Bishop’s reflection on St Winefride ahead of shrine’s Day of Prayer for victims of abuse

In an interview with The Catholic Network, Bishop Peter Brignall of Wrexham has spoken about the story of St Winefride and its relevance to the modern problems of abuse.

Talking to Joseph Kelly at St Winefride’s Shrine and Well at Holywell in North Wales, Bishop Peter said that: “there has been pilgrimage to the shrine and to the well here in an unbroken tradition through the years of Reformation and division within the life of the Church.

“But now Winefride is in many ways uniting the Church again and serving as a point of focus of healing.”

St Winefride was a Celtic saint of the Seventh Century who became universally venerated during the Middle Ages and beyond. She came from a devout family and was minded to pursue a religious vocation when she came to the attention of a local prince, who tried to seduce her. She managed to escape his grasp and fled towards the nearby church where her uncle St Beuno was the local priest.

But before she could find sanctuary the prince struck out with his sword. Legend has it that he cut off her head and where her head fell a spring of water, sprang up. Seeing the tragedy, Beuno restored her to life, put her head back on her shoulders and resuscitated her.

Since then St Winefride’s Shrine and Well has become a renowned place of pilgrimage, with numerous miraculous cures claimed by pilgrims who have come to bathe in its waters.

And it’s a story that Bishop Peter believes has come down the centuries to give St Winefride a new relevance to modern times.

“We tend to think of healing more in terms of curing these days and that is part of it, but we are also in an age when we know of significant social ills, psychological ills,” said Bishop Peter.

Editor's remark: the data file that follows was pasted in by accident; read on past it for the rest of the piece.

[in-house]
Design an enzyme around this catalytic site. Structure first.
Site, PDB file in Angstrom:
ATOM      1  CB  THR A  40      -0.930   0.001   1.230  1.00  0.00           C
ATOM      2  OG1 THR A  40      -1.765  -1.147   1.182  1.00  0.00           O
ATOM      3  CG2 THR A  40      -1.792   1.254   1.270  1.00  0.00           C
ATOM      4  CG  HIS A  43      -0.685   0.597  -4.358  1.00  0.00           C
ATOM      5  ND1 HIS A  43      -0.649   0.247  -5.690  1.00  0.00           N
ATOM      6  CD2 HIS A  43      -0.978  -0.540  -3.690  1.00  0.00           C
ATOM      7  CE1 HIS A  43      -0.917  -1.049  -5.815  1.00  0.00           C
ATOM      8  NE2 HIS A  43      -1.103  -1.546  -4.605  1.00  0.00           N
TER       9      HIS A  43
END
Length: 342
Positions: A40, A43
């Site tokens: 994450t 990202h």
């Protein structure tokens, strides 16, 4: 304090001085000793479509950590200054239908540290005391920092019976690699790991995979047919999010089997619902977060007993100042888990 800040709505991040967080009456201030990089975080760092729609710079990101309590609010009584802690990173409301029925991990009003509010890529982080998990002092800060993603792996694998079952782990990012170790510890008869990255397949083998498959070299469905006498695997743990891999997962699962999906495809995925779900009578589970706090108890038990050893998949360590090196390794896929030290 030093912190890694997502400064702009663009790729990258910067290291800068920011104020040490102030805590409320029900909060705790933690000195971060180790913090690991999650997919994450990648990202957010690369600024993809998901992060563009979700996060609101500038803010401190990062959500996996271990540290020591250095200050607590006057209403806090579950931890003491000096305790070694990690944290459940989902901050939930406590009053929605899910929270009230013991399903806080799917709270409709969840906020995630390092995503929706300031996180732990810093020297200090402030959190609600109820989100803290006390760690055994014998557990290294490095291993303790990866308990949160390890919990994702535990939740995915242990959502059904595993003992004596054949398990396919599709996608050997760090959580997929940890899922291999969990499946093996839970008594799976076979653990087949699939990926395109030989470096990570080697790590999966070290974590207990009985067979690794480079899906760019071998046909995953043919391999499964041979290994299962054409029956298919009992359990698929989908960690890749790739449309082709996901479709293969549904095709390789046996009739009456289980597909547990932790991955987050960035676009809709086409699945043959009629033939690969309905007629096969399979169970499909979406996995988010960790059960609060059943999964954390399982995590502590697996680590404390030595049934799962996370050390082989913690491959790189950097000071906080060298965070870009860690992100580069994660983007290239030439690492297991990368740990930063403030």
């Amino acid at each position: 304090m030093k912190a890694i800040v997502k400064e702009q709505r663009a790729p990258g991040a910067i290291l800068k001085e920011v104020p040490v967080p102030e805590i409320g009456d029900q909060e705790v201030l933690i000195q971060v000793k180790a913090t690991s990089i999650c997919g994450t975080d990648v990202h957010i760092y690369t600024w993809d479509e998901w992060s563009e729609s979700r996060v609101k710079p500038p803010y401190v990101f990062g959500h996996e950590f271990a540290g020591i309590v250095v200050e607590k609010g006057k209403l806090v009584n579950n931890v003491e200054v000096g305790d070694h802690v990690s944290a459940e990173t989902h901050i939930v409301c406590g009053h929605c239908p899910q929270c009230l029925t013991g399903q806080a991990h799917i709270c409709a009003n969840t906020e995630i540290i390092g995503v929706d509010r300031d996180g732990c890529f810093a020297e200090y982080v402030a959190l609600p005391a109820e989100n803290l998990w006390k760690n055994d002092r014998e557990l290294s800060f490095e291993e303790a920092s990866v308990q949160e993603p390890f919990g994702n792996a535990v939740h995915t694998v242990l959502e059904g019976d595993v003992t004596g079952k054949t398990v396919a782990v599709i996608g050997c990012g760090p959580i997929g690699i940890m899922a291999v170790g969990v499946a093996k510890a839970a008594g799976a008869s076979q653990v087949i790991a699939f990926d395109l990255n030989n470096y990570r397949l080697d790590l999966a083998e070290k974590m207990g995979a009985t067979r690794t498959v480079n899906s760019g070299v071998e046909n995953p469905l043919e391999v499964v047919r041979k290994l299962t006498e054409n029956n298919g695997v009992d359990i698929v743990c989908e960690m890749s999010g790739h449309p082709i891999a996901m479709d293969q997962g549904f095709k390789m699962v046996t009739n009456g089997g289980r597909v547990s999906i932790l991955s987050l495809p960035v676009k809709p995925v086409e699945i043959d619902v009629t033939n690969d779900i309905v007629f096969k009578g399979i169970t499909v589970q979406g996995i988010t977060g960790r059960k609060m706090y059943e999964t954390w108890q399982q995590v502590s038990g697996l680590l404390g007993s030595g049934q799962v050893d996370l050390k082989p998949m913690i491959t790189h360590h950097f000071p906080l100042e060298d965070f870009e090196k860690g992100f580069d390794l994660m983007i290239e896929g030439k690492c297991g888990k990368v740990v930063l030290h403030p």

“I saw that the story of St Winifrede had a relevance to today – she was a victim of sexual harassment, of sexual abuse, of sexual violence, her suitor trying to force himself upon her, and that as a consequence it puts the Winifred story very much into the 21st century.”

In 2016 Pope Francis asked the bishops of the world to initiate a regular annual day of prayer for the victims of sexual abuse and so on the Tuesday of the fifth week of Eastertide, which is the day in England and Wales for the victims of sexual abuse, there is a specific invitation to all to pray, either because they are victims or they know of victims, or even perhaps they have been perpetrators of such abuse.

“Last year at the pilgrimage day for the diocese and for Wales I inaugurated St Winefride’s Shrine as a place of healing and prayer of peace, of hope for those victims of sexual harassment and abuse,” said Bishop Peter.

This year’s Day of Prayer for Victims of Abuse will take place at St Winefride’s Shrine, Holywell, next Tuesday, 30th April, and all are very welcome to attend.

“All who come will be anonymous,” said Bishop Peter, “but there will be, during the course of that day at 12 noon and at three o’clock in the afternoon, a short service of prayer for the victims, for health, for a restoration of hope, and of an opportunity for those who wish to speak with a priest or speak with somebody about their own sorrows, their own situation.”

Bishop Peter has also produced a special Prayer Card and Prayer Leaflet containing prayers to support those who have experienced abuse, and copies will be available at Holywell next Tuesday. You can also obtain copies by contacting the Shrine on 01352 713054.

Listen to Joseph Kelly’s interview with Bishop Peter:

Download transcript